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Department of Computer Science and Technology



Course pages 2023–24


Principal lecturer: Stewart McTavish
Taken by: Part II CST
Term: Lent
Hours: 8 (2 examples classes may be held if no supervisions)
Format: In-person lectures
Suggested hours of supervisions: 2
Prerequisites: Business Studies, Cybersecurity, Economics, Law and Ethics
Exam: Paper 8 Question 5
Past exam questions, Moodle, timetable


This course aims to give students an outline of the issues involved in setting up an e-commerce site.


  • The history of electronic commerce. Mail order; EDI; web-based businesses, credit card processing, PKI, identity and other hot topics.
  • Network economics. Real and virtual networks, supply-side versus demand-side scale economies, Metcalfe’s law, the dominant firm model, the differentiated pricing model Data Protection Act, Distance Selling regulations, business models.
  • Web site design. Stock and price control; domain names, common mistakes, dynamic pages, transition diagrams, content management systems, multiple targets.
  • Web site implementation. Merchant systems, system design and sizing, enterprise integration, payment mechanisms, CRM and help desks. Personalisation and internationalisation.
  • The law and electronic commerce. Contract and tort; copyright; binding actions; liabilities and remedies. Legislation: RIP; Data Protection; EU Directives on Distance Selling and Electronic Signatures.
  • Putting it into practice. Search engine interaction, driving and analysing traffic; dynamic pricing models. Integration with traditional media. Logs and audit, data mining modelling the user. collaborative filtering and affinity marketing brand value, building communities, typical behaviour.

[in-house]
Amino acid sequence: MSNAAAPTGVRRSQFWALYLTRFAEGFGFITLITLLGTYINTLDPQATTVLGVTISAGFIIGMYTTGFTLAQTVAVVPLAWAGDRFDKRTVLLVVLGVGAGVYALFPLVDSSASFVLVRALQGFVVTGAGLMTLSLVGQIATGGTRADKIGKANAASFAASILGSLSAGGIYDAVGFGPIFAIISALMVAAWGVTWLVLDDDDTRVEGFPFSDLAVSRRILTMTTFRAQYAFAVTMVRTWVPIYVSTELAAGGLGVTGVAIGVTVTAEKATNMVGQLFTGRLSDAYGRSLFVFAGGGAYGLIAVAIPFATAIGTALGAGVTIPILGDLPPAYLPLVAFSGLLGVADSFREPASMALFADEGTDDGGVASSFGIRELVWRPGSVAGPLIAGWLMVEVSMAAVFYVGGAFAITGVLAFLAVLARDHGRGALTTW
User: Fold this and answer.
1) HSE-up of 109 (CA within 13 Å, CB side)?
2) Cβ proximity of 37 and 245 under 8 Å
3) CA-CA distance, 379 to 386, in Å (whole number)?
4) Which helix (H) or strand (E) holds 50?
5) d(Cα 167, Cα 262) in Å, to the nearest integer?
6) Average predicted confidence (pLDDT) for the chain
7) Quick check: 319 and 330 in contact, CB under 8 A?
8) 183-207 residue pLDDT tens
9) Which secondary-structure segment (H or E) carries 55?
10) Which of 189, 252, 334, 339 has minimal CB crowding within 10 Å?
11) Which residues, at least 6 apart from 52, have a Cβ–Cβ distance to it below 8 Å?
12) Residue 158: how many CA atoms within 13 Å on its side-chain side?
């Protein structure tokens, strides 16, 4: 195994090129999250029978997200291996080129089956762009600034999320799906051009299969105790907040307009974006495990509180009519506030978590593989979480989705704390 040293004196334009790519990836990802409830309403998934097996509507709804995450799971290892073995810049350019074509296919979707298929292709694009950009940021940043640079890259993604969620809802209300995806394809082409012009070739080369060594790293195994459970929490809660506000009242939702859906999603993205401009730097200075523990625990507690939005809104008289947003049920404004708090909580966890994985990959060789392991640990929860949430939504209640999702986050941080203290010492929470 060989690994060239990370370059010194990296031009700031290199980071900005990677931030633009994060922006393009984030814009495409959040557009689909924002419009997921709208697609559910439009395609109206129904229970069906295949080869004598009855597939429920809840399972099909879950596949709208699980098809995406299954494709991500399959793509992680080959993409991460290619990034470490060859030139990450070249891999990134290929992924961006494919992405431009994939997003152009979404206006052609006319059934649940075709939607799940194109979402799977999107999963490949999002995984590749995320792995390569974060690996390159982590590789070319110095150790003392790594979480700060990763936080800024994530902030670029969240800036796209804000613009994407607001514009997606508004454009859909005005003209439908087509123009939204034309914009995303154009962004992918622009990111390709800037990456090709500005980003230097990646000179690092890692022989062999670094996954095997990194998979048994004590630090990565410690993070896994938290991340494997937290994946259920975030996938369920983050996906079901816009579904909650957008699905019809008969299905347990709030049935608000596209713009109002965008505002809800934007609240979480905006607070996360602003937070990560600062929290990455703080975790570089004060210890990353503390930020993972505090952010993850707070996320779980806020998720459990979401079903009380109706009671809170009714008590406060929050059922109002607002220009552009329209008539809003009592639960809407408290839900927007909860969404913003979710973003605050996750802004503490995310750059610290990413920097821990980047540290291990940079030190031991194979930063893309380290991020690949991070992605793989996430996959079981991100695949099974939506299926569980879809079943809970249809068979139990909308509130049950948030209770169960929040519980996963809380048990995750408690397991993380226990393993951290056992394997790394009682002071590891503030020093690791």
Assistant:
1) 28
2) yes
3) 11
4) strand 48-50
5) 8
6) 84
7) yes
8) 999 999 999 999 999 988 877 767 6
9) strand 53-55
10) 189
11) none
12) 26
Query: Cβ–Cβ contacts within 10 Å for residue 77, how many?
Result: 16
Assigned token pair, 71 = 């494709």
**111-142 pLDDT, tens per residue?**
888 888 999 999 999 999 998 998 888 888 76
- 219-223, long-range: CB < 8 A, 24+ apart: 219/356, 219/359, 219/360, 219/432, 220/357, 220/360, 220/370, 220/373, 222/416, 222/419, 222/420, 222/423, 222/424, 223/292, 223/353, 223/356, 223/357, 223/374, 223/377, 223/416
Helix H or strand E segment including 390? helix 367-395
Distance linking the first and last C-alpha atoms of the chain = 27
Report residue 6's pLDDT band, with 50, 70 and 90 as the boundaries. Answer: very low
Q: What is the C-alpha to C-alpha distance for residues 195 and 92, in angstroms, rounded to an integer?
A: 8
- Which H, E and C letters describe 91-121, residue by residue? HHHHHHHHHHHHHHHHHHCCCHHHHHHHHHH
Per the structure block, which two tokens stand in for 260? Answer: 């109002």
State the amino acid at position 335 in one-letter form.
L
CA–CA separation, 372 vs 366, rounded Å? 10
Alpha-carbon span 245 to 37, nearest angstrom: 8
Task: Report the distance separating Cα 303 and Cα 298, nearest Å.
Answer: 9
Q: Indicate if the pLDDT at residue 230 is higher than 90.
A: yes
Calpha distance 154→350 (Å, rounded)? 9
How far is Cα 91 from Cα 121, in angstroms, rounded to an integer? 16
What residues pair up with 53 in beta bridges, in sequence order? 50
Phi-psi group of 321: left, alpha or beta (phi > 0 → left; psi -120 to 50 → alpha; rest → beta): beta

• Finance. How business plans are put together. Funding Internet ventures; the recent hysteria; maximising shareholder value. Future trends.
  • UK and International Internet Regulation. Data Protection Act and US Privacy laws; HIPAA, Sarbanes-Oxley, Security Breach Disclosure, RIP Act 2000, Electronic Communications Act 2000, Patriot Act, Privacy Directives, data retention; specific issues: deep linking, Inlining, brand misuse, phishing.


At the end of the course students should know how to apply their computer science skills to the conduct of e-commerce with some understanding of the legal, security, commercial, economic, marketing and infrastructure issues involved.

Recommended reading

Shapiro, C. and Varian, H. (1998). Information rules. Harvard Business School Press.

Additional reading:

Standage, T. (1999). The Victorian Internet. Phoenix Press. Klemperer, P. (2004). Auctions: theory and practice. Princeton Paperback ISBN 0-691-11925-2.